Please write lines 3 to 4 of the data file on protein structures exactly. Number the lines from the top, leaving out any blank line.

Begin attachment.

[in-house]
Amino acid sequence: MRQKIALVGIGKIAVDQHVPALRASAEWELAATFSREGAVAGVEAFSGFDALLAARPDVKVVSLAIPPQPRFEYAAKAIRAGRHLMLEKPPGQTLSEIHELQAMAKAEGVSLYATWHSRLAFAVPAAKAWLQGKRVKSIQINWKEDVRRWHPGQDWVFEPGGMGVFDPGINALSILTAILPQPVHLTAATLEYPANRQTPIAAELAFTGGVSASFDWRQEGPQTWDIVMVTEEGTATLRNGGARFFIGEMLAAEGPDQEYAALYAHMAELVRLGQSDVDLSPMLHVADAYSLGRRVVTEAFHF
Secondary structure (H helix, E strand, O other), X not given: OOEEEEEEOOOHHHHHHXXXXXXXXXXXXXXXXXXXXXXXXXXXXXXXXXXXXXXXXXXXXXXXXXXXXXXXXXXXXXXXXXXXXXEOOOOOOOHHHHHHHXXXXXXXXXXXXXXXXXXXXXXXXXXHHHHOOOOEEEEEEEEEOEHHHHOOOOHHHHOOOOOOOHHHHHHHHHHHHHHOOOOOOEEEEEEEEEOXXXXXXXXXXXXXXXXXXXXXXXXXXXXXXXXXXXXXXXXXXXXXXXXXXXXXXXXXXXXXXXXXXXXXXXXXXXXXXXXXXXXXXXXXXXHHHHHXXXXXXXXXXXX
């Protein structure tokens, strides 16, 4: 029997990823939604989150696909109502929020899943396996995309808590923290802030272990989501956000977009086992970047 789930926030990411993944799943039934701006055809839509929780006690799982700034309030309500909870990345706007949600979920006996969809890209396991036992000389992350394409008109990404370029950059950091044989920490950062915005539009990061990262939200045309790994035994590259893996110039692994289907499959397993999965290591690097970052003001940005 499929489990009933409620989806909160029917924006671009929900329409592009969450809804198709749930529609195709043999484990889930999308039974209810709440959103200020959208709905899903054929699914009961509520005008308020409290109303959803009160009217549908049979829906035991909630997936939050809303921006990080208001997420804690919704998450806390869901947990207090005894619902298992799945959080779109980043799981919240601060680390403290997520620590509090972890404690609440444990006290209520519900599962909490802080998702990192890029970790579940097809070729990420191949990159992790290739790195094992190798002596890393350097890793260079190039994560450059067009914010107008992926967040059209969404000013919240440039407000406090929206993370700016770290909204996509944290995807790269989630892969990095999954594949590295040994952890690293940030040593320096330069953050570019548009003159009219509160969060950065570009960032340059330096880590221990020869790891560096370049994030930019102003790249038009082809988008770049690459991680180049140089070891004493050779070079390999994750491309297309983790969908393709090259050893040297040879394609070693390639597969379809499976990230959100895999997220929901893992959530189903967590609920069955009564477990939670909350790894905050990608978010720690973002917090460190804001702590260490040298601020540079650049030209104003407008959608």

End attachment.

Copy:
Secondary structure (H helix, E strand, O other), X not given: OOEEEEEEOOOHHHHHHXXXXXXXXXXXXXXXXXXXXXXXXXXXXXXXXXXXXXXXXXXXXXXXXXXXXXXXXXXXXXXXXXXXXXEOOOOOOOHHHHHHHXXXXXXXXXXXXXXXXXXXXXXXXXXHHHHOOOOEEEEEEEEEOEHHHHOOOOHHHHOOOOOOOHHHHHHHHHHHHHHOOOOOOEEEEEEEEEOXXXXXXXXXXXXXXXXXXXXXXXXXXXXXXXXXXXXXXXXXXXXXXXXXXXXXXXXXXXXXXXXXXXXXXXXXXXXXXXXXXXXXXXXXXXHHHHHXXXXXXXXXXXX
């Protein structure tokens, strides 16, 4: 029997990823939604989150696909109502929020899943396996995309808590923290802030272990989501956000977009086992970047 789930926030990411993944799943039934701006055809839509929780006690799982700034309030309500909870990345706007949600979920006996969809890209396991036992000389992350394409008109990404370029950059950091044989920490950062915005539009990061990262939200045309790994035994590259893996110039692994289907499959397993999965290591690097970052003001940005 499929489990009933409620989806909160029917924006671009929900329409592009969450809804198709749930529609195709043999484990889930999308039974209810709440959103200020959208709905899903054929699914009961509520005008308020409290109303959803009160009217549908049979829906035991909630997936939050809303921006990080208001997420804690919704998450806390869901947990207090005894619902298992799945959080779109980043799981919240601060680390403290997520620590509090972890404690609440444990006290209520519900599962909490802080998702990192890029970790579940097809070729990420191949990159992790290739790195094992190798002596890393350097890793260079190039994560450059067009914010107008992926967040059209969404000013919240440039407000406090929206993370700016770290909204996509944290995807790269989630892969990095999954594949590295040994952890690293940030040593320096330069953050570019548009003159009219509160969060950065570009960032340059330096880590221990020869790891560096370049994030930019102003790249038009082809988008770049690459991680180049140089070891004493050779070079390999994750491309297309983790969908393709090259050893040297040879394609070693390639597969379809499976990230959100895999997220929901893992959530189903967590609920069955009564477990939670909350790894905050990608978010720690973002917090460190804001702590260490040298601020540079650049030209104003407008959608």